550 px image For all time is made of 2,000 stainless steel stars suspended from the ceiling by fine wires to make the shape of a 3-metre tall human face. The three-dimensional artwork will have an ethereal quality to it, reflecting light and moving gently in the air. The face will be surrounded by further metal stars, which will loosely reflect the position of the constellations on Shakespeare’s birthday.

title ico May’s birthstone: Emerald
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"Who first beholds the light of day
In spring’s sweet flowery month of May
And wears an emerald all her life
Shall be a loved and happy wife"

— Gregorian birthstone poem

For those born in the month of May, emerald is your birthstone, a symbol of rebirth believed to grant the owner foresight, good fortune and youth.

Emerald is the grass-green variety of the mineral beryl, its beautifully cool green colour deriving from the presence of chromium and vanadium and found in granites, pegmatites and schists.

The ‘Emerald Cut’ is a step cut which is used for many gemstones, removing the corners while reducing the risk of damage during setting as emerald is a brittle stone, formed from a hexagonal crystal structure.

Most emeralds used in historical jewellery can have their origins traced back to Cleopatra’s mines in ancient Egypt around 1300 BC, when the gem was revered as a symbol of fertility and life. They were the first recorded example of sunglasses, as Emperor Nero wore flat emerald crystals to watch the gladiator games in the Italian sunshine.

Emeralds symbolize immortality and faith and are associated with the heart chakra, promoting loyalty and sensitivity in couples.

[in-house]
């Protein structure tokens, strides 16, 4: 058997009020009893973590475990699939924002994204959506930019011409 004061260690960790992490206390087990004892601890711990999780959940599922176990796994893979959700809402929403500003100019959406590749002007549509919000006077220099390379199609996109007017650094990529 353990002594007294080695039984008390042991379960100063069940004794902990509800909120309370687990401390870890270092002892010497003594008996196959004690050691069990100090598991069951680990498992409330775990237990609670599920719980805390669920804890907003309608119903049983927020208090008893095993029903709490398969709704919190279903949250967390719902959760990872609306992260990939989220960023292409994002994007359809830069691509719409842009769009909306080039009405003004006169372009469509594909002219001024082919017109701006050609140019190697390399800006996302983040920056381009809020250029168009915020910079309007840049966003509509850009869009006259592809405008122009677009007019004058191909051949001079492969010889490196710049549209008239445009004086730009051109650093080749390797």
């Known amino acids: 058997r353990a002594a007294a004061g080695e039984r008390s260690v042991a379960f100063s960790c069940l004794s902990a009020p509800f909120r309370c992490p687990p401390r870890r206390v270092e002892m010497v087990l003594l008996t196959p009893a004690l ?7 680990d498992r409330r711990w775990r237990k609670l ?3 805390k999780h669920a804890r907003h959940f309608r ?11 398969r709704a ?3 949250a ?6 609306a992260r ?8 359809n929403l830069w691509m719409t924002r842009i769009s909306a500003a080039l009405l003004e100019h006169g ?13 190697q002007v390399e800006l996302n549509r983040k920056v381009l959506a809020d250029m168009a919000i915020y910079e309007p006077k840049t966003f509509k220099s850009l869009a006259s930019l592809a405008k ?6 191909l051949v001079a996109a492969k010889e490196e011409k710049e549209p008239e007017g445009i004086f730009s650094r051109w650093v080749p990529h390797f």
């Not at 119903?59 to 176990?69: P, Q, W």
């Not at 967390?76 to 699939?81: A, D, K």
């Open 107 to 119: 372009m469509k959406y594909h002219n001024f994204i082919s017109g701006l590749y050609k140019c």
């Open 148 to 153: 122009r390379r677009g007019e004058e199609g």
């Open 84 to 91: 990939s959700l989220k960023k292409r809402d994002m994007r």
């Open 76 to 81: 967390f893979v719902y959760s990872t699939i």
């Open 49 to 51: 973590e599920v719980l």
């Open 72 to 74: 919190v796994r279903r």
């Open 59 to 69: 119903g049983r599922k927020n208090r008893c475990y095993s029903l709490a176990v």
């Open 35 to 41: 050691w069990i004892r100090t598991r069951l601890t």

ico Nicholas Wylde Guide to Gemstones
title ico Gem Folklore #1 - The Legend of Vala - India
Every month we will take a look at gem folklore for legends and myths throughout history and across the world
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It’s not surprising that we associate gemstones with myths and magical stories as they have been mentioned in many old fables and fairy stories across the globe for thousands of years.

One ancient fable from India informs us how some gemstones were created – in a particularly dramatic, and violent, fashion!

The legend of Vala tells of the saga of a demon named Vala, who conquered the god Indra and his celestials to reign supreme and invincible in the entire universe.

Vala was tricked by the gods into playing the part of a sacrifice in a mock ritual and once he was helpless, the gods killed him, chopping his body into many pieces.

Since Vala had agreed to participate in the sacrifice (albeit, unknowingly) his body was now pure so when the various parts of him fell to earth they were magically transformed into precious gemstones.

Drops of Vala’s blood became rubies, his skin turned into yellow sapphires, his eyes became blue sapphires and his bones shattered into diamonds.